Garbage in, garbage out. The latest from the ongoing Snowden/Greenwald revelation is a reminder that interested parties know how to plant false information on the Internet, and that some of them are probably doing it. It has implications for anyone looking for good information online, anyone with a reputation to protect, and—potentially—for everyone invested in the online world.
The piece itself is worth a look (How Covert Agents Infiltrate the Internet to Manipulate, Deceive, and Destroy Reputations). The details are more disturbing than surprising, but as you read it, ignore the focus on the British intelligence agency GCHQ. It doesn't matter whether you trust your own government's actions, and the common distinction between a country's own citizens and everyone else is also irrelevant. The same tactics are available to every government—and any other motivated group. If they don't do this already, the newly released document provides the suggestion.
For the government intelligence guys, this is just a continuation of the second oldest profession: Get your enemy's secrets; protect your own. Deceive your enemy; avoid deception. It's a challenge when multiple entities are simultaneously trying to (a) get useful information from open sources online and (b) planting deceptive information in the same sources. I wonder how much blue-on-blue deception happens between information operations and open-source intelligence gathering, anyway.
For everyone else, this latest report should serve as a reminder of some of the risks in social media:
- Data quality risk
People tell lies online—I know, but it's true. Some of the false information out there may have been placed by a motivated adversary who wants to mislead you (maybe even you, specifically). The target may be your organization, a related organization or someone who wants to work with you.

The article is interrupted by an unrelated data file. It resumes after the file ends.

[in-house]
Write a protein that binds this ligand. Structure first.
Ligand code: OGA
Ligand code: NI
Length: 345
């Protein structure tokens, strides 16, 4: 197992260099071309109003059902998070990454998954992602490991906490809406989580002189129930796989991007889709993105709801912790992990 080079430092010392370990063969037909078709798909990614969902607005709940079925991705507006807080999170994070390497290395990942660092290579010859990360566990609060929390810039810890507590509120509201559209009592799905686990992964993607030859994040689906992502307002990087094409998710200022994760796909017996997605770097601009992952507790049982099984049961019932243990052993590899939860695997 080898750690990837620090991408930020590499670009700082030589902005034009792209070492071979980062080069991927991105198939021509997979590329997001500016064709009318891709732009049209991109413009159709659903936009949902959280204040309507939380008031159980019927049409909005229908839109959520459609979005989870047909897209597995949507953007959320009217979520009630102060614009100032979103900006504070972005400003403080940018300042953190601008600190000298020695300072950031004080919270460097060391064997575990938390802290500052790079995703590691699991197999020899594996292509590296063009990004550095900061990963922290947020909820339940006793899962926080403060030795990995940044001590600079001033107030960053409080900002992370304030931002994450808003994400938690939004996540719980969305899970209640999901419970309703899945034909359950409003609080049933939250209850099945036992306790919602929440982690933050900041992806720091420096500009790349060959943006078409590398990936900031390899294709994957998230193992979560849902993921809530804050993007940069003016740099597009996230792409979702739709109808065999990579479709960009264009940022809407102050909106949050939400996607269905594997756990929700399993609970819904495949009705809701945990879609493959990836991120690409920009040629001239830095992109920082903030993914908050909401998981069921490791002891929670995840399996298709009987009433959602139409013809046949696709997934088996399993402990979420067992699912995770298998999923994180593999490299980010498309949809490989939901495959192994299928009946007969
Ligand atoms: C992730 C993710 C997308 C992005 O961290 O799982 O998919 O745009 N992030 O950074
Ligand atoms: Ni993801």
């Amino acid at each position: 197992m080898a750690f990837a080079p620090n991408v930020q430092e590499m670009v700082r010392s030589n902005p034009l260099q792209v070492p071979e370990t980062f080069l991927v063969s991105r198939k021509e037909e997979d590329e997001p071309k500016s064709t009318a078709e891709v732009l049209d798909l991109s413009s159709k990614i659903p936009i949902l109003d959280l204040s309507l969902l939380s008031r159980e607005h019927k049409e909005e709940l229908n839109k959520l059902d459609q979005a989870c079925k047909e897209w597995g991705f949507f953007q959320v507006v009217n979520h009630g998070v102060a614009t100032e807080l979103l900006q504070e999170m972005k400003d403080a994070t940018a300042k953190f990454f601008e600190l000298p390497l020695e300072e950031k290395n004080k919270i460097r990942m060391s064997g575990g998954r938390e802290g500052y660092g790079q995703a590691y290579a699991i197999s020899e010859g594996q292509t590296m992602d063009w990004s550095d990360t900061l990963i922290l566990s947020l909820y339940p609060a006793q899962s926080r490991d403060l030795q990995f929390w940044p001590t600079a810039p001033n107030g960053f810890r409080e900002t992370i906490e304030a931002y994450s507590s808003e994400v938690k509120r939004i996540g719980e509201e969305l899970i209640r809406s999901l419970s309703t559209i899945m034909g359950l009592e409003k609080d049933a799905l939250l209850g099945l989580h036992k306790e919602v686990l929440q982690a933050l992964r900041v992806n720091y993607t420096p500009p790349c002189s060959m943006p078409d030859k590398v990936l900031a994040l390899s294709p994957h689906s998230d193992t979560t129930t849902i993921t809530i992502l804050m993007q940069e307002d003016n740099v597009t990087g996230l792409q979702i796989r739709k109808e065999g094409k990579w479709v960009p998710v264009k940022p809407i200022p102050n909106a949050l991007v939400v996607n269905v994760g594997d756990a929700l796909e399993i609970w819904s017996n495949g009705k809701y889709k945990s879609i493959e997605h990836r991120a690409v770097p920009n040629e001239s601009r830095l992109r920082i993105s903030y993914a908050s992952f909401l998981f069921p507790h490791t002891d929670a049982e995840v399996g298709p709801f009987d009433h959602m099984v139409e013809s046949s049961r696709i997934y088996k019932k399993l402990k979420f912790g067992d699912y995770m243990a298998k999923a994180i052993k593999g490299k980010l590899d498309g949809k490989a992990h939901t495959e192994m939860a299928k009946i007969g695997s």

The information you find online can be a useful source, but it's not the only source. If you're informing significant decisions, use all of your available resources, and be alert to the possibility of intentional deception.
- Reputation risk
We're familiar with the concept of online reputation risk; corporate risk managers seem to think it's almost synonymous with "social media." If your business has potential exposure to government opposition (from whatever country), your risk may come from a better organized and funded source than the usual unhappy former customer.
- Target risk
As people conduct their personal and political lives online, they expose themselves to snooping and more. The threats to personal privacy and freedom by government agencies have made the ongoing revelations newsworthy, but these public and semi-public channels are equally exposed to anyone who disagrees.
- Collateral damage risk
Some of these information operations happen in the same online venues as normal personal use. As competing governments start viewing the online world through the cyber battlespace lens, normal users and the platforms themselves could take some damage. Off the top of my head, I'm thinking of legal, market, and technical risks, but that's probably just a start.
It's too much to go into in a post, but companies with significant exposure to covert online tactics would be well served to chase down the implications of those tactics, and don't limit the discussion to legal exposure. Beyond the specifics on any one program, the revelations of the last year indicate the willingness of government entities in multiple countries to use environments operated by private-sector companies in ways they weren't intended. The safe asumptions are that governments are doing more than we know, and so are other types of organizations.
One of the great strengths of the Internet is the way it overcomes the limitations of distance. A side effect is that it also does away with the concept of a safe distance from danger.